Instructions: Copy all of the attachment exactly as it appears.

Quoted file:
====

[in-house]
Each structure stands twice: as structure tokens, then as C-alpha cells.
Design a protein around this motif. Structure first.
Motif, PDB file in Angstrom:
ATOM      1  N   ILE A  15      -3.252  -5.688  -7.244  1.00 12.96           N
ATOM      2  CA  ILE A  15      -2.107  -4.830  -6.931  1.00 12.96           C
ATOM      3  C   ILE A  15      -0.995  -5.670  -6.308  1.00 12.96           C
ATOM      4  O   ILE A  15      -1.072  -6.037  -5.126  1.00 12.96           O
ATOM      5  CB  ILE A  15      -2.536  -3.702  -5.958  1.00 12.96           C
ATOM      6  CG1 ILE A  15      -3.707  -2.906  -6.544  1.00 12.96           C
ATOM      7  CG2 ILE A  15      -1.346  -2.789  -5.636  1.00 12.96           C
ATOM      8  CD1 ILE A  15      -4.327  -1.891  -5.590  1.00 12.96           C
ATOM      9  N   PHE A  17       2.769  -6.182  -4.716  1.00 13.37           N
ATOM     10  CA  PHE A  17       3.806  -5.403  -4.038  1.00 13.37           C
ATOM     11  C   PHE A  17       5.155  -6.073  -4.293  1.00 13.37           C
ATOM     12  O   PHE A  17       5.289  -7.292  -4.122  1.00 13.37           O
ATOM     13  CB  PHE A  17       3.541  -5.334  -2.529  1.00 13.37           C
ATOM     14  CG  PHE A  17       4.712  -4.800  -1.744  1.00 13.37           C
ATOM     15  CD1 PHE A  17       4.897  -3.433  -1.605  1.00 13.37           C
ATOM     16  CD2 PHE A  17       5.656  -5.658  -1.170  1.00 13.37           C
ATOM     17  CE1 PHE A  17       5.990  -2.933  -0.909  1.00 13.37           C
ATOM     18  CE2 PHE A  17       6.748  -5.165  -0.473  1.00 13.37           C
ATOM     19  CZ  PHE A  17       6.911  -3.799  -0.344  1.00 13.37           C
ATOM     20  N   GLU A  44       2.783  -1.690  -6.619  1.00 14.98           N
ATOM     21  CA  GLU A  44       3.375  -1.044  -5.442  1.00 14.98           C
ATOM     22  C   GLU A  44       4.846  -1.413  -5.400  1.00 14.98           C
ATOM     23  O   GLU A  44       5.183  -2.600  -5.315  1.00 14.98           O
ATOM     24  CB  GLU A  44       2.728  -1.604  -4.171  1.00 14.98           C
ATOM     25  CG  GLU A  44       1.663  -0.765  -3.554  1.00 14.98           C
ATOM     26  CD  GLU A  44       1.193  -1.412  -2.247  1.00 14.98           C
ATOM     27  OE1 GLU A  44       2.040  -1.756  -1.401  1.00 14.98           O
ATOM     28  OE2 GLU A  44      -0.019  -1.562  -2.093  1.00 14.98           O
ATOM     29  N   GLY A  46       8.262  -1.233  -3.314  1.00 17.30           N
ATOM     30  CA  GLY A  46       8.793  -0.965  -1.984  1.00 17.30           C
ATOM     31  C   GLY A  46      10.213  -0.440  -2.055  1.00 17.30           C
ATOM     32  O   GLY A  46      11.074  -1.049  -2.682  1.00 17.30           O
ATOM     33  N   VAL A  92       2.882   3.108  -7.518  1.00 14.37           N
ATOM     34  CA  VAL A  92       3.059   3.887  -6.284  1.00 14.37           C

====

[in-house]
Each structure stands twice: as structure tokens, then as C-alpha cells.
Design a protein around this motif. Structure first.
Motif, PDB file in Angstrom:
ATOM      1  N   ILE A  15      -3.252  -5.688  -7.244  1.00 12.96           N
ATOM      2  CA  ILE A  15      -2.107  -4.830  -6.931  1.00 12.96           C
ATOM      3  C   ILE A  15      -0.995  -5.670  -6.308  1.00 12.96           C
ATOM      4  O   ILE A  15      -1.072  -6.037  -5.126  1.00 12.96           O
ATOM      5  CB  ILE A  15      -2.536  -3.702  -5.958  1.00 12.96           C
ATOM      6  CG1 ILE A  15      -3.707  -2.906  -6.544  1.00 12.96           C
ATOM      7  CG2 ILE A  15      -1.346  -2.789  -5.636  1.00 12.96           C
ATOM      8  CD1 ILE A  15      -4.327  -1.891  -5.590  1.00 12.96           C
ATOM      9  N   PHE A  17       2.769  -6.182  -4.716  1.00 13.37           N
ATOM     10  CA  PHE A  17       3.806  -5.403  -4.038  1.00 13.37           C
ATOM     11  C   PHE A  17       5.155  -6.073  -4.293  1.00 13.37           C
ATOM     12  O   PHE A  17       5.289  -7.292  -4.122  1.00 13.37           O
ATOM     13  CB  PHE A  17       3.541  -5.334  -2.529  1.00 13.37           C
ATOM     14  CG  PHE A  17       4.712  -4.800  -1.744  1.00 13.37           C
ATOM     15  CD1 PHE A  17       4.897  -3.433  -1.605  1.00 13.37           C
ATOM     16  CD2 PHE A  17       5.656  -5.658  -1.170  1.00 13.37           C
ATOM     17  CE1 PHE A  17       5.990  -2.933  -0.909  1.00 13.37           C
ATOM     18  CE2 PHE A  17       6.748  -5.165  -0.473  1.00 13.37           C
ATOM     19  CZ  PHE A  17       6.911  -3.799  -0.344  1.00 13.37           C
ATOM     20  N   GLU A  44       2.783  -1.690  -6.619  1.00 14.98           N
ATOM     21  CA  GLU A  44       3.375  -1.044  -5.442  1.00 14.98           C
ATOM     22  C   GLU A  44       4.846  -1.413  -5.400  1.00 14.98           C
ATOM     23  O   GLU A  44       5.183  -2.600  -5.315  1.00 14.98           O
ATOM     24  CB  GLU A  44       2.728  -1.604  -4.171  1.00 14.98           C
ATOM     25  CG  GLU A  44       1.663  -0.765  -3.554  1.00 14.98           C
ATOM     26  CD  GLU A  44       1.193  -1.412  -2.247  1.00 14.98           C
ATOM     27  OE1 GLU A  44       2.040  -1.756  -1.401  1.00 14.98           O
ATOM     28  OE2 GLU A  44      -0.019  -1.562  -2.093  1.00 14.98           O
ATOM     29  N   GLY A  46       8.262  -1.233  -3.314  1.00 17.30           N
ATOM     30  CA  GLY A  46       8.793  -0.965  -1.984  1.00 17.30           C
ATOM     31  C   GLY A  46      10.213  -0.440  -2.055  1.00 17.30           C
ATOM     32  O   GLY A  46      11.074  -1.049  -2.682  1.00 17.30           O
ATOM     33  N   VAL A  92       2.882   3.108  -7.518  1.00 14.37           N
ATOM     34  CA  VAL A  92       3.059   3.887  -6.284  1.00 14.37           C